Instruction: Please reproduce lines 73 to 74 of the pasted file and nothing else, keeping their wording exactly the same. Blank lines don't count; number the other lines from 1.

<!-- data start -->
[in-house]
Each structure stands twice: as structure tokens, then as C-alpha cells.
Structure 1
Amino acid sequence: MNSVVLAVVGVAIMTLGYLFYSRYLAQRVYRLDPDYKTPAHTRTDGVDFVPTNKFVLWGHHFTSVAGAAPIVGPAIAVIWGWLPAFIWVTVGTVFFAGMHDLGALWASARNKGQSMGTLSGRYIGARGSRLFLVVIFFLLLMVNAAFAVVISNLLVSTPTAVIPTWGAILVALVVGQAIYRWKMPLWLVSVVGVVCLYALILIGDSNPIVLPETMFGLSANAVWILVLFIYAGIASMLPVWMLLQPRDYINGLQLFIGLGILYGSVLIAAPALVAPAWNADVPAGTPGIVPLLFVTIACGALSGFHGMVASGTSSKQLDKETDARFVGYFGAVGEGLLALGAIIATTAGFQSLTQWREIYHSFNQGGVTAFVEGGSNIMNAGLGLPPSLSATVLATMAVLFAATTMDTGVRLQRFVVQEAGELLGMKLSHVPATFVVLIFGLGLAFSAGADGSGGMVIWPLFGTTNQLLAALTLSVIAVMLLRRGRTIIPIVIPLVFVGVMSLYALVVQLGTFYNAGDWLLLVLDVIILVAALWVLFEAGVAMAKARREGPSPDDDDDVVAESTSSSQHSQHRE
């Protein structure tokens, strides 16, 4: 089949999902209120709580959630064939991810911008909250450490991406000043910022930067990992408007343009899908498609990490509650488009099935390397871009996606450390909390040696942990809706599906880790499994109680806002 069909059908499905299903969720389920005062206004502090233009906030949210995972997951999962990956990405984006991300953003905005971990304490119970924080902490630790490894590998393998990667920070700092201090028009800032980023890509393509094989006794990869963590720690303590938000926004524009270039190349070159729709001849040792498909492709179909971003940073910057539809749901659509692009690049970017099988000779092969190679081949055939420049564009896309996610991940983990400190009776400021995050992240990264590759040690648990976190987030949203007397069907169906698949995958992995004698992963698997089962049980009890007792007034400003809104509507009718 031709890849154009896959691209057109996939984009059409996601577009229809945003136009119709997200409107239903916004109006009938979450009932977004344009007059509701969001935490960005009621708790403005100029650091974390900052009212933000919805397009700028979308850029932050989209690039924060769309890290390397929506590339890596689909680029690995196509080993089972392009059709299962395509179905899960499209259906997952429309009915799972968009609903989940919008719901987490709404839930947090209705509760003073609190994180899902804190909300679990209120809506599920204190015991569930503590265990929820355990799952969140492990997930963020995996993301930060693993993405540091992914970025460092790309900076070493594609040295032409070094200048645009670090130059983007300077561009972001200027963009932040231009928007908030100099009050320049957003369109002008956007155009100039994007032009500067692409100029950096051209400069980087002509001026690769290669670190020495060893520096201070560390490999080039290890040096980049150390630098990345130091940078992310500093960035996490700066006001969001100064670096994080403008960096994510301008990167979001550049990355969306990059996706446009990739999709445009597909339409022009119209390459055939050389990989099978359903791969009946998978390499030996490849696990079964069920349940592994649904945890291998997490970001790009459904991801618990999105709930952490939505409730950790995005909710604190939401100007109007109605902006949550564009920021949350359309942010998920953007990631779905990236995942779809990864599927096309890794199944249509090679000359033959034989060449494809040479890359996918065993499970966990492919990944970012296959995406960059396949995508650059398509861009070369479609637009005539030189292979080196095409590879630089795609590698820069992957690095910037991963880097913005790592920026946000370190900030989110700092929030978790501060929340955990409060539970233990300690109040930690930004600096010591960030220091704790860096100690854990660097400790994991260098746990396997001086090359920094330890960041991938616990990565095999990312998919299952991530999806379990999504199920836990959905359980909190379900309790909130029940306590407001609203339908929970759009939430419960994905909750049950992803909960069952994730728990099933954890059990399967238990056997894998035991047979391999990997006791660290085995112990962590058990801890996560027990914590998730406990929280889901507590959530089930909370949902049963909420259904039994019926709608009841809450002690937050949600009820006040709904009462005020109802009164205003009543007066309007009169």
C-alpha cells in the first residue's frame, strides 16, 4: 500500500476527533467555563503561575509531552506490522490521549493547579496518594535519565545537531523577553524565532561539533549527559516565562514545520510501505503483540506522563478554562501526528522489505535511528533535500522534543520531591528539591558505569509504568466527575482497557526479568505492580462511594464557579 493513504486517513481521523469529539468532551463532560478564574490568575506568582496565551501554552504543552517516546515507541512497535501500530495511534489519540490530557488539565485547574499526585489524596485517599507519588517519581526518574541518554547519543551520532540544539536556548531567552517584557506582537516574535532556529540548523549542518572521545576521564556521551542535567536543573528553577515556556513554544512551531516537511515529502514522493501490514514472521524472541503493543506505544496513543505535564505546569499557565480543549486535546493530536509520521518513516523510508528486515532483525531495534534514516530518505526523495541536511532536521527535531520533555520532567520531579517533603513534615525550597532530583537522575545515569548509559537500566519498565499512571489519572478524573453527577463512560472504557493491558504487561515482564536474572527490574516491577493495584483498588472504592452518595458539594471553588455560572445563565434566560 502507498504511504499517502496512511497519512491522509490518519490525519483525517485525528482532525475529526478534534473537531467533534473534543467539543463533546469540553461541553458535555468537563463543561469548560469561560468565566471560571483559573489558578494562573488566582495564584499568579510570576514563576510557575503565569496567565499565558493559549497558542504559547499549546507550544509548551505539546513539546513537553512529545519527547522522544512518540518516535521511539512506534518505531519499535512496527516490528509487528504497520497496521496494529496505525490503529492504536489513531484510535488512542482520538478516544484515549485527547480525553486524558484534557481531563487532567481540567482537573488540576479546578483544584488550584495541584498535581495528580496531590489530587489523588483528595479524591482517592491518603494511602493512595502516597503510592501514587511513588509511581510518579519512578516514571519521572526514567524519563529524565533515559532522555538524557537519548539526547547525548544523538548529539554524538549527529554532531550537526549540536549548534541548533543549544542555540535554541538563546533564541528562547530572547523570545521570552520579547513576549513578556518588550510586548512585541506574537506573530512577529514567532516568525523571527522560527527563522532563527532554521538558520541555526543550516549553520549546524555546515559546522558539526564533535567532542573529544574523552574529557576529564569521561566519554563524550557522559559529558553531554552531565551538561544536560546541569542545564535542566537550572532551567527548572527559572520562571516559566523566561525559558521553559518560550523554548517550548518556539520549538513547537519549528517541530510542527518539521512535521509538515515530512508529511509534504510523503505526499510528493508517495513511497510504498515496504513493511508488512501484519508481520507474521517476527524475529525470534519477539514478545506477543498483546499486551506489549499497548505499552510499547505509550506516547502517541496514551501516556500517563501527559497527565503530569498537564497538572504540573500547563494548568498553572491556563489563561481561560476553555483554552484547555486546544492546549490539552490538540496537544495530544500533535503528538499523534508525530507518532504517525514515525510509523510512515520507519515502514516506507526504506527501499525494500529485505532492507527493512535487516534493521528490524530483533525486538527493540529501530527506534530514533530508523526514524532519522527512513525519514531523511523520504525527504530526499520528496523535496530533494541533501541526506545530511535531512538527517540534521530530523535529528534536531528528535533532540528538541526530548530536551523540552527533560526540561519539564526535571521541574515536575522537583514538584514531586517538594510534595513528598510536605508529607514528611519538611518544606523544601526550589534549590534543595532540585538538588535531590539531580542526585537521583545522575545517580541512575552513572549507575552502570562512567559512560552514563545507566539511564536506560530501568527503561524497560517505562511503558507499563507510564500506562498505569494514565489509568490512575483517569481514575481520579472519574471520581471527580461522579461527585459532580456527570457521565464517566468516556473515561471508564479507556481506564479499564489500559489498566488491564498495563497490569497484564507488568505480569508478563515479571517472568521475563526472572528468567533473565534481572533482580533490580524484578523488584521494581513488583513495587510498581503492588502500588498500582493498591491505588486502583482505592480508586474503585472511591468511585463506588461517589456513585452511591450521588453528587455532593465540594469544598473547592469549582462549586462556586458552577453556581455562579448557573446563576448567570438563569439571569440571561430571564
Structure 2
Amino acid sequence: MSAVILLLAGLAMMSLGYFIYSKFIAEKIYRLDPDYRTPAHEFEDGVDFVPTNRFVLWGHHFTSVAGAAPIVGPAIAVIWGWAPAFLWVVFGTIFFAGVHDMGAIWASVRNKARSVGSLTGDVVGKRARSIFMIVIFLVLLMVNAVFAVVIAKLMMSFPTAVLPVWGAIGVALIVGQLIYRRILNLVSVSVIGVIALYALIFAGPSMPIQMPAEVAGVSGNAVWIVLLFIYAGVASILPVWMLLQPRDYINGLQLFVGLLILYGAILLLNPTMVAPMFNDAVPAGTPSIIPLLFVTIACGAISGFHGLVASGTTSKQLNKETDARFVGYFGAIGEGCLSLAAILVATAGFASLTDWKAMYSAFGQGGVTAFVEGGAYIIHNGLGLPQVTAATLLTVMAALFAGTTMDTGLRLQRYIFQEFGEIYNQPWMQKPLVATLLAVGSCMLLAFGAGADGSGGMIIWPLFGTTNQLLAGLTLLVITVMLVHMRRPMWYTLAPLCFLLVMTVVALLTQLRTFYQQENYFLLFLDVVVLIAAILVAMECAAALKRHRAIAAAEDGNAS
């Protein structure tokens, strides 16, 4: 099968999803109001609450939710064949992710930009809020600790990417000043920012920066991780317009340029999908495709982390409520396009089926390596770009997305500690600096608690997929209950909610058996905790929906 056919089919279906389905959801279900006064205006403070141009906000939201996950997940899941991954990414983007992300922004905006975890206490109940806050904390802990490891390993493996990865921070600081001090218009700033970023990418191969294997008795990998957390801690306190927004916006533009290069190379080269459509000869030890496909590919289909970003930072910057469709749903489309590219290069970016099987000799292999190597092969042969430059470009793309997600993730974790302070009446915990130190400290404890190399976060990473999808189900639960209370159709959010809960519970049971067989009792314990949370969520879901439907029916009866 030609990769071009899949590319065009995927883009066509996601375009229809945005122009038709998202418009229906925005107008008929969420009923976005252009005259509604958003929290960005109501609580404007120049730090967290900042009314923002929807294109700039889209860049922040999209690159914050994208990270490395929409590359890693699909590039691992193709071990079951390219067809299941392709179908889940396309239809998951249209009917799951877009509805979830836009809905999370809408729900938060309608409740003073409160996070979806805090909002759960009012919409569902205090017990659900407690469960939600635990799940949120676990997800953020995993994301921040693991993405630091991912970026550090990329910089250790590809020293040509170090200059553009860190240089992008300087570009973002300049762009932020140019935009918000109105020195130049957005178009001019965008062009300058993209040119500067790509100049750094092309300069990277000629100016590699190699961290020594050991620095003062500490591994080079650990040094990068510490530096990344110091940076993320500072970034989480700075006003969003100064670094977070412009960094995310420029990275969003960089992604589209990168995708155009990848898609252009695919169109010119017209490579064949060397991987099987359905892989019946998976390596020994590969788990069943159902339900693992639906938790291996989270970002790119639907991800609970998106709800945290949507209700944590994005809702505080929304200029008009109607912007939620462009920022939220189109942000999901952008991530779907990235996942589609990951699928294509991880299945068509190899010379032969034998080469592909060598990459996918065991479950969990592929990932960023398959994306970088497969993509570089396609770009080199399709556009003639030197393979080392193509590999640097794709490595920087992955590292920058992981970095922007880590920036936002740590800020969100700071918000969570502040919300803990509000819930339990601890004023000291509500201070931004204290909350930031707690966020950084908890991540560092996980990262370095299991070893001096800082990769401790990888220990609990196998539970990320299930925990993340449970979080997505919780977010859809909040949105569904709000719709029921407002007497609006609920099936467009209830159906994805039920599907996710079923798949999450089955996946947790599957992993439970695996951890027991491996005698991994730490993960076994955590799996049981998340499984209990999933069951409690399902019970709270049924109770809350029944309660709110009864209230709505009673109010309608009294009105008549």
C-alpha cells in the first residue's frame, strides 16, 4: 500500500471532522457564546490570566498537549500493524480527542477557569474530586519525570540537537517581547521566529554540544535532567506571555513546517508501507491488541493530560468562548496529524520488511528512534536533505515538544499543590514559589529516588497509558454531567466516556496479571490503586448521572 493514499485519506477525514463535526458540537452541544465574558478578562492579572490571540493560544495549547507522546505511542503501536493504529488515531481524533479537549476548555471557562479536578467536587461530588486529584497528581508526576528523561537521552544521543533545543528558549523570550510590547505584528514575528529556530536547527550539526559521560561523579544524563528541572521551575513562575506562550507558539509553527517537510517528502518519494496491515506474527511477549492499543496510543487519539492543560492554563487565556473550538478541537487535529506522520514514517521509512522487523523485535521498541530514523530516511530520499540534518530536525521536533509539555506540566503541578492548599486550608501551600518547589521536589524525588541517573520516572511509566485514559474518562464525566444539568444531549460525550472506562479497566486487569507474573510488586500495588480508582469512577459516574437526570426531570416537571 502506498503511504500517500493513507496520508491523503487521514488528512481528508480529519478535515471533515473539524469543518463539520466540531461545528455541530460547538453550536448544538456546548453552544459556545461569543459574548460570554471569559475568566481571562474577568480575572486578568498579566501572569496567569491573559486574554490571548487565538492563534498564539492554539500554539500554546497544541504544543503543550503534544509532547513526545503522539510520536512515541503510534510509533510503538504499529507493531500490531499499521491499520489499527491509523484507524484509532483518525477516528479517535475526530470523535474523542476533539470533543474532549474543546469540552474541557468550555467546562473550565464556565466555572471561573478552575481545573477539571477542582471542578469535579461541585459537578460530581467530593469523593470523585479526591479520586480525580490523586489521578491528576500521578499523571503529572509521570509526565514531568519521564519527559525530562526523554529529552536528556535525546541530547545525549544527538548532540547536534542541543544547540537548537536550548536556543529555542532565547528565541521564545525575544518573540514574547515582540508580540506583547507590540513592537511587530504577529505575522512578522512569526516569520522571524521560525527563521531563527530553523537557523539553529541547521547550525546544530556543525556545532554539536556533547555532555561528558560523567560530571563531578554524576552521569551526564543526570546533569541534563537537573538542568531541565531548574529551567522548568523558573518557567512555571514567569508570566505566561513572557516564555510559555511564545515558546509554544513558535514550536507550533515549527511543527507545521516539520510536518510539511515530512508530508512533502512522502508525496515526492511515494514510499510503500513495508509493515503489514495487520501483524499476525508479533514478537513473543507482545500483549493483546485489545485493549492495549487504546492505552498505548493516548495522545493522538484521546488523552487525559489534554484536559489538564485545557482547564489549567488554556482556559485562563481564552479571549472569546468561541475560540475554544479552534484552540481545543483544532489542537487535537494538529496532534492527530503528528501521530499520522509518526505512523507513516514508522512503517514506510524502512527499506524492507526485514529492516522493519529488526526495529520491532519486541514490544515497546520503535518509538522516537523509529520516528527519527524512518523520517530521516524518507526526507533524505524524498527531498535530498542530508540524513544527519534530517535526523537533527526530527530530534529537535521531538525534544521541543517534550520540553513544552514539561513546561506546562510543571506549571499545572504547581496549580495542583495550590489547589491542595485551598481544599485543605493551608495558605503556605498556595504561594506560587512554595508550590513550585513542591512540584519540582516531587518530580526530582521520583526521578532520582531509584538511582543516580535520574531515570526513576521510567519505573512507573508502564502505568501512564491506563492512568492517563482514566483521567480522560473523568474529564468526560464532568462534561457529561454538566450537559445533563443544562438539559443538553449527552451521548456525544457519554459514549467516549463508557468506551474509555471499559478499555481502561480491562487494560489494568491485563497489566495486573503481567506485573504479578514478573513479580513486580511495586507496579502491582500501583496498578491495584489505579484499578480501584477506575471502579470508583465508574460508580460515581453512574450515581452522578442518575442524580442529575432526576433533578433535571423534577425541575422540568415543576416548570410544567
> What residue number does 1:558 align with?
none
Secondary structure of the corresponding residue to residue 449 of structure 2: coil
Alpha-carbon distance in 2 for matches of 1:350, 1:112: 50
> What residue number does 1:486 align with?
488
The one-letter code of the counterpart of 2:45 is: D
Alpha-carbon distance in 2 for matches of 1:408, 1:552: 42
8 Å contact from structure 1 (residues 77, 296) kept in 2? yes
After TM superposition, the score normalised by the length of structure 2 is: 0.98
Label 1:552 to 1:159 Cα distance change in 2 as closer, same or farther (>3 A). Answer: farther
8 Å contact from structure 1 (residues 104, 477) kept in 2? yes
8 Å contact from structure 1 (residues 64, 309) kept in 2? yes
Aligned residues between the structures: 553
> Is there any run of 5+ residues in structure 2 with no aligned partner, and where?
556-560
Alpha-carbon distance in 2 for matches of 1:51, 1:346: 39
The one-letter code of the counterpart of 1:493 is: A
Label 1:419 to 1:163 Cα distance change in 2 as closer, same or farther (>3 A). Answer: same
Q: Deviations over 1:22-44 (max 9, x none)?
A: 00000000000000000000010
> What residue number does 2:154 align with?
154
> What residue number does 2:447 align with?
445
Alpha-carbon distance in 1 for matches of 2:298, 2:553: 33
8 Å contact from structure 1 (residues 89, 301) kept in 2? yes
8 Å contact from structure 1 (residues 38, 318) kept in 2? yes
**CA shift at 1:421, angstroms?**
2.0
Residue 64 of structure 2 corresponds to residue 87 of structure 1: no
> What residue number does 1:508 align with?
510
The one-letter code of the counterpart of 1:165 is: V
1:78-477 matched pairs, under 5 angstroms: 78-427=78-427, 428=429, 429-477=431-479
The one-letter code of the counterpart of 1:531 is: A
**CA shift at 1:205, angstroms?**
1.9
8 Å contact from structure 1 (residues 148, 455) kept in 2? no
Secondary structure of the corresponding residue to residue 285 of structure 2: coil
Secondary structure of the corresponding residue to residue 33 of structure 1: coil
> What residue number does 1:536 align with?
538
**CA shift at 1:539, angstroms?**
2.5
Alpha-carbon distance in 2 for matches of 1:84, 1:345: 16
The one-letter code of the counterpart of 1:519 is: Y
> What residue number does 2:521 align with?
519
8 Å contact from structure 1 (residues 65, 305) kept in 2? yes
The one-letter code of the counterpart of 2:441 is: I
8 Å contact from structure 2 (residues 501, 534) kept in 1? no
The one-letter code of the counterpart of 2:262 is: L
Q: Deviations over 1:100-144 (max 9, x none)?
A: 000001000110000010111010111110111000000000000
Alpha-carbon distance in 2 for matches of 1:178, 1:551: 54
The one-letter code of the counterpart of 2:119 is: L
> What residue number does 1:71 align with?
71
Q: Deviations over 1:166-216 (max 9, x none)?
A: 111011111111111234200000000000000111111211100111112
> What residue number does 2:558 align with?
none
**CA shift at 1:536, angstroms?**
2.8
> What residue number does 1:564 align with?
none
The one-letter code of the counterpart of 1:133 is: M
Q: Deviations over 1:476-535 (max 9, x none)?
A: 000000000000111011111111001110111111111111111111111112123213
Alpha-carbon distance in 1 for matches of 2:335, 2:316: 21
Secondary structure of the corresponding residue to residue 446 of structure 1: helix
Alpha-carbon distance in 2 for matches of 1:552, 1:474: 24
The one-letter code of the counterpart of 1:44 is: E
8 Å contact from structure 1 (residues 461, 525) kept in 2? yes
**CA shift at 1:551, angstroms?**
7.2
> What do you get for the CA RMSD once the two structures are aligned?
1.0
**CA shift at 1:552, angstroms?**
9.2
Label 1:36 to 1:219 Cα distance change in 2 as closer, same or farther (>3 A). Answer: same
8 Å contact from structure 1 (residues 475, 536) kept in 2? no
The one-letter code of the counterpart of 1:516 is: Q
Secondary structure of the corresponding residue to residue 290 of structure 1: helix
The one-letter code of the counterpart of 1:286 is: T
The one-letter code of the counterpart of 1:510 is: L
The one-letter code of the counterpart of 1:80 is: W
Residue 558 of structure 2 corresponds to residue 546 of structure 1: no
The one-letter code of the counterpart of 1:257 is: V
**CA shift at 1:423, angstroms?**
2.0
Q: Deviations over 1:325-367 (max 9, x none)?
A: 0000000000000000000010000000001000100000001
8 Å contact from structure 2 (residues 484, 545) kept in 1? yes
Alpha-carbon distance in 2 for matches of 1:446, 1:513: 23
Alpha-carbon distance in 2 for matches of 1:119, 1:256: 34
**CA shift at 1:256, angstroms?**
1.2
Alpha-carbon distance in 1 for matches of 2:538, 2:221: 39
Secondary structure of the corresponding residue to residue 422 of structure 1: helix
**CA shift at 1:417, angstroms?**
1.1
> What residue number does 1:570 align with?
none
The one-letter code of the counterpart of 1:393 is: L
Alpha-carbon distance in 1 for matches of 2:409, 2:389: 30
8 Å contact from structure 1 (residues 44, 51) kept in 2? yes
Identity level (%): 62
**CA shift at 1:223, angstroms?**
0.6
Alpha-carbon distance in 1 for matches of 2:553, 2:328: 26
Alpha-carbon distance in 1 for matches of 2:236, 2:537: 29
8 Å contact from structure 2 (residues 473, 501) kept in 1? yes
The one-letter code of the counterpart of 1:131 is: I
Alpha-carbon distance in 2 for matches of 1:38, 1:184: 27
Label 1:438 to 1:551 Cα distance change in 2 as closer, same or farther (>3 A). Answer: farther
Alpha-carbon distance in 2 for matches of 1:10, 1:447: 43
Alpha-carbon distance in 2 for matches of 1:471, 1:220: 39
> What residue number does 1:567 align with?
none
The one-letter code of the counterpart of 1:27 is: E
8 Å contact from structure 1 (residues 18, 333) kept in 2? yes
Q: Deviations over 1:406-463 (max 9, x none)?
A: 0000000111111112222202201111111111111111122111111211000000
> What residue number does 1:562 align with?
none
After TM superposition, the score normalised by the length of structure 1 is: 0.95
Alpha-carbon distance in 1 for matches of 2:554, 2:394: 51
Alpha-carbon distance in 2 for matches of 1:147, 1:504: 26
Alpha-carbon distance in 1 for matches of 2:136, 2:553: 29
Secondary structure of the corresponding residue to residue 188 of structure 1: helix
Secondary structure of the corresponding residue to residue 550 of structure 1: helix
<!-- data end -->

none
**CA shift at 1:536, angstroms?**